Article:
Disability Review: CDR Basics and How Long the Process Takes
For individuals to be approved for Social Security disability benefits (either Social Security Disability Insurance [SSDI] or Supplemental Security Income [SSI]), they must be determined to be disabled, but this determination of disability is not a permanent determination. The Social Security Administration (SSA) periodically reviews individuals’ disabilities to insure that they still are disabled and unable to work. This periodic review is called a Continuing Disability Review (CDR). At a CDR, SSA will reassess your case and determine whether to continue your benefits or to stop your benefits.
Frequency of CDRs
If your disability is expected to improve, you will likely have a CDR every six to 18 months. If you are not determined to have a permanent disability, but when the improvement will occur cannot be predicted, you will have a CDR at least every three years. If your disability is considered permanent (meaning it will not improve), you will have a CDR at least once every seven years, but no more frequently than every five years.
Despite these guidelines, CDRs can occur at any time if SSA feels there is a reason to review your case. There are a variety of situations that trigger a CDR to occur. Below is a list of situations that will prompt CDRs to occur.
- Your disability is expected to improve. There are certain disabilities that are expected to improve and therefore have shorter times between reviews. For example, those who receive stem cell transplants are considered disabled for only one year after their transplant and those disabled by fractures are considered to be likely to improve. Scheduled surgeries are also another factor that is considered in determining if your disability is expected to improve.
- A current medical report is needed to show that you are still disabled. Situations were current medical reports are needed occur when there are improvements in the medical field that may affect your disability. For example, a new and very effective medication to treat Alzheimer’s may allow an individual suffering from the condition to return to work.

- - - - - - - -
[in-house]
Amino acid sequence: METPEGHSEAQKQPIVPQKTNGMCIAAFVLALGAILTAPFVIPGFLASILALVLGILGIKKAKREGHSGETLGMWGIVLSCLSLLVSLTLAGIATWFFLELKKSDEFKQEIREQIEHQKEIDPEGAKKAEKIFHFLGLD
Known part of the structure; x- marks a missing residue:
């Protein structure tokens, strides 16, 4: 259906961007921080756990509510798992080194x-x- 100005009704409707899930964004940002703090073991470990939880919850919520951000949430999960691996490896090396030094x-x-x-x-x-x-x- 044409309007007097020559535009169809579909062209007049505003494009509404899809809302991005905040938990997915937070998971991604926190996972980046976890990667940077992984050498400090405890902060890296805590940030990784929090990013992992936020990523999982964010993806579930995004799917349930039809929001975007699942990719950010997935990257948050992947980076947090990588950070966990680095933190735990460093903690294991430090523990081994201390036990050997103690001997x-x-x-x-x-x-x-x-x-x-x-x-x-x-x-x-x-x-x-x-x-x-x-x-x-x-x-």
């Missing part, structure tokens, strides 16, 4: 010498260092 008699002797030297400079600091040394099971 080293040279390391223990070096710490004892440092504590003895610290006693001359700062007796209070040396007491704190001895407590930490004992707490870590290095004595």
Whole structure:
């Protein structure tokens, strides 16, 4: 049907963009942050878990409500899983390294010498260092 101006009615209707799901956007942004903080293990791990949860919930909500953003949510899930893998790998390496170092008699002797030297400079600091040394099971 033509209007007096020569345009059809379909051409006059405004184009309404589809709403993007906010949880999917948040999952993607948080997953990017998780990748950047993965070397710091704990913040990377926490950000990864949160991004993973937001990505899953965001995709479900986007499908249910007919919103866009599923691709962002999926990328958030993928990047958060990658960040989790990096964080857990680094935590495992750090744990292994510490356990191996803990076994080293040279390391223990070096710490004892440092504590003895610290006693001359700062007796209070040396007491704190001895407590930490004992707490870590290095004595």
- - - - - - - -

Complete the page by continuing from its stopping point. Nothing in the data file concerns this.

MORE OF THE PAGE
- You have returned to work successfully for a trial period. Since a key part of receiving disability benefits is the inability to work, you may no longer be eligible for benefits if you are able to successfully work.
- Substantial earnings were reported.
- Vocation rehabilitation report. CDR will occur if your vocational services have been completed and Voc Rehab reports you are working or able to work.
- Report from someone who is in a position know the claimant.If SSA receives a report from an individual who knows you and the agency believe the reports to be true, it may trigger a CDR. Triggering reports include stating that you are no longer disabled, you have returned to work, or that you are violating SSA regulations.
- Evidence received puts into question whether you are still disabled.
- It is time for a vocational reexamination. Vocational reexaminations will generally occur after your vocational services are completed in order to assess your ability to work after receiving services.
The Evaluation Process
In evaluating whether you are still disabled, SSA will look at whether you are currently involved in substantial gainful activity, whether you still meet or equal a listing, and whether there are any improvements in your impairment that may have increased your ability to work. It is important to note that SSA will also assess your compliance with SSA rules at this time; for example, if you refuse to follow prescribed treatment that could restore your ability to work, you may lose your benefits.
The evaluation process will begin with you receiving a form in the mail from SSA to fill out. Once you send the form back, SSA will review it and provide you with a decision. The wait time to hear a response from SSA can range from several weeks to several months, depending on the backlog that your state is experiencing with CDRs. The approval rate (meaning the continuation of benefits) for CDRs nationally is just under 75%.
If your benefits are stopped (called cessation), you have the right to appeal. In order to appeal, it is essential that you send a reply to SSA within the required time frame. All of the necessary information regarding how to appeal can be found in the letter stopping your benefits that you receive from SSA (your cessation notice).